He continued: "It (food sufficiency) is more than a livelihood. It is an existential imperative and even a moral one. An agriculture damaged and diminished by unfair competition will have a harder time or will have no prospects at all of recovery."

9. His views on energy

"There is a parallel problem in our energy supply. Sufficient fossil fuel-free technology for whole economies has yet to be invented. And it is not seriously tried by rich countries. Again consider the response of the richest countries to the war in Ukraine, but surely a free world washed with oil can assure supplies or we will find a way. We are not far from oil and gas reserves that have already been developed."

10. Education redirection

"What we teach in schools, the materials used, must be retaught. I'm not talking about history. I'm taking about the basics: the sciences, sharpening theoretical aptitude and imparting vocational skills such as in the German example. Alongside the national language, with equal emphasis and facility in a global language, which we had and lost."


President Marcos also reaffirmed his belief in Vice President Sara Duterte-Carpio, who will be heading the Department of Education, to get the job done.

11. Support for teachers and overseas Filipino workers

In connection with globally competitive education, Marcos also pointed out that the government can do more to equip teachers and OFWs.

"Let us give OFWs all the advantages they can have to survive and thrive. Our teachers from elementary up are heroes fighting ignorance with poor paper weapons. We are condemning the future of our race to menial occupations abroad. They are exploited by traffickers."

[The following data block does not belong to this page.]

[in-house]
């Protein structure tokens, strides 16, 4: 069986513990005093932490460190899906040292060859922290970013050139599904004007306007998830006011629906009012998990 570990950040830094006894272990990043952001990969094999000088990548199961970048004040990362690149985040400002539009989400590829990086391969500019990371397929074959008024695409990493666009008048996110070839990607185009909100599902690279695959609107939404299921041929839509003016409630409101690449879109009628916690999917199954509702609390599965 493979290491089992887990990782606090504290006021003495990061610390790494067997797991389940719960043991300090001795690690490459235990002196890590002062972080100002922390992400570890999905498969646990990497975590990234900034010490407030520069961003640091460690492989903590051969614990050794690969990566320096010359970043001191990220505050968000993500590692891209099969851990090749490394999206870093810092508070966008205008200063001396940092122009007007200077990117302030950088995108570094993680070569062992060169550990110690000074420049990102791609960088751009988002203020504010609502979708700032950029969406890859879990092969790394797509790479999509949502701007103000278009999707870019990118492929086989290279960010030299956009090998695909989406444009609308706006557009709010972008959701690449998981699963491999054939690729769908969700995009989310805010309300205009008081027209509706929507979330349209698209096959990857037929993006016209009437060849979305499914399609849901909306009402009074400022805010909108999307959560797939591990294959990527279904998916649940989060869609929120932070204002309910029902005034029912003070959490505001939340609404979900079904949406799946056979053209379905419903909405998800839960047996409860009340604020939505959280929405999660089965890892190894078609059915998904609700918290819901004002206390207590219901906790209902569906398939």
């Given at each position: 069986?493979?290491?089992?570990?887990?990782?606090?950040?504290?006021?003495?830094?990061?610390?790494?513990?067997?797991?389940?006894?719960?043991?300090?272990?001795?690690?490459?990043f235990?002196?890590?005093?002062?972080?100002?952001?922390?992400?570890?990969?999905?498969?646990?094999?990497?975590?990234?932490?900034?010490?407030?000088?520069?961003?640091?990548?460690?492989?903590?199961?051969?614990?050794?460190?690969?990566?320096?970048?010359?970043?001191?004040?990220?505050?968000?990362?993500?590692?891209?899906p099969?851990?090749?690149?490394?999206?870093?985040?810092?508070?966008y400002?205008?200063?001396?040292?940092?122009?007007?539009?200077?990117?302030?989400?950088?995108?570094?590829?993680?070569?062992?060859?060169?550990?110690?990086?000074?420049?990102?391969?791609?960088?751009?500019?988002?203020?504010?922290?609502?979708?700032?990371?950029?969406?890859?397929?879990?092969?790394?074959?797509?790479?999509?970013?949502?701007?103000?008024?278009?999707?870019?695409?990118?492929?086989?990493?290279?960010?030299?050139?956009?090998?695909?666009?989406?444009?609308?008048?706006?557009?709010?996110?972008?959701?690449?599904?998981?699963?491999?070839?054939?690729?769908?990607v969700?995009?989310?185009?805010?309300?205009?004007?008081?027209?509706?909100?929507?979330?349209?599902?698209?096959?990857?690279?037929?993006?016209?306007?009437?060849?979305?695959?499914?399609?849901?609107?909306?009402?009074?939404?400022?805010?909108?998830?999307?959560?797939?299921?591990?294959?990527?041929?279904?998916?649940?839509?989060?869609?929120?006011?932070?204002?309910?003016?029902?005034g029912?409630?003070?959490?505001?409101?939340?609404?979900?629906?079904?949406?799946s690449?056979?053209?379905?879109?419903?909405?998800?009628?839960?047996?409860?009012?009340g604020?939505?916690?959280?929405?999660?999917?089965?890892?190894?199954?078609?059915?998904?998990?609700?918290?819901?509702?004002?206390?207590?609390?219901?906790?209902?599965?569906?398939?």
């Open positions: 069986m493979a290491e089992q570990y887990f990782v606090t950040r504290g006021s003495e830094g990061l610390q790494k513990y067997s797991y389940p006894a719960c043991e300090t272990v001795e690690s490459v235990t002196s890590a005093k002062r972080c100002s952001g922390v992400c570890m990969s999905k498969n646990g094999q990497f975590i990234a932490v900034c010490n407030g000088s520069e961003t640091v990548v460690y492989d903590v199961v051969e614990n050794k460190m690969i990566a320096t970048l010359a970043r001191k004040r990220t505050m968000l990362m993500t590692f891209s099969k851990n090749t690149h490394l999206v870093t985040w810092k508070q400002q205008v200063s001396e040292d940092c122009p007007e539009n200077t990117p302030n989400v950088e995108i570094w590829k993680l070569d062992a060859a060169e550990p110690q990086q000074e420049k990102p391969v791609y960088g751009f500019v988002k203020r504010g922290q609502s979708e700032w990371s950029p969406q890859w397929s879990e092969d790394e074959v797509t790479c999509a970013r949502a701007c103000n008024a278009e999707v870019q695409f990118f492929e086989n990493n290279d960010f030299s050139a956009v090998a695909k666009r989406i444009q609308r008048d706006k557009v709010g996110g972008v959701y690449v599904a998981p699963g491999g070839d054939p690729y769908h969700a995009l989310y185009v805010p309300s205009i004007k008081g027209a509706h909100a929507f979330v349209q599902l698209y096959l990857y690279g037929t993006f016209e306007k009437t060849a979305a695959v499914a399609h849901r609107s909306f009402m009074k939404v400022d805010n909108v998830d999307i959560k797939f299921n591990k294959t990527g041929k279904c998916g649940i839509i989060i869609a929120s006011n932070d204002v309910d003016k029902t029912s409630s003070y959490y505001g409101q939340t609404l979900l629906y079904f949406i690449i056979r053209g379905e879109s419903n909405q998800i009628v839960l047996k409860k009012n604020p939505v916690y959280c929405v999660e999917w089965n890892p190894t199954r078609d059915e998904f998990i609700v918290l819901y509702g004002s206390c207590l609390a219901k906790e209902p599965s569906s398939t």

12. On future health crises and public health

The president explained: "We won't be caught unprepared, underequipped, and understaffed to fight the next pandemic. To start with, we never got over the pandemic of poor if any free public health. The last major upgrade of a public health system exemplified by the resources poured into Philippine General Hospital (PGH) predates the current shambles by three generations."

President Marcos also recognized Filipino nurses as "the best in the world." He added: "They acquainted themselves with the highest distinctions abroad, having suffered even the highest casualties with the same exemplary dedication. At home, they just got by. They are out there because we cannot pay them for the same risk in workload that they have back here. There will be changes starting tomorrow. I am confident because I have an Ople."

Susan Ople will serve as the migrant workers secretary in the administration.

Marcos also acknowledged that there were shortcomings in the COVID-19 response, but had said that his administration will fix them.

13. Infrastructure plans

In his speech, he also talked about his father's supposed infrastructure projects, comparing them to outgoing President Rodrigo Duterte's.

"My father built more and better roads and produced rice than all administrations before him," said President Marcos Jr. "President Rodrigo Duterte built more and better than all the administrations succeeding my father's." He also promised to continue the projects and programs his predecessor started, and that the new Marcos administration will be presenting a comprehensive infrastructure development plan soon.

14. Addressing climate change

President Marcos did say that, as the third-largest plastics producer in the planet, we must have a shared responsibility to take care of the environment. He said that there has not been a large-scale solution to pollution yet.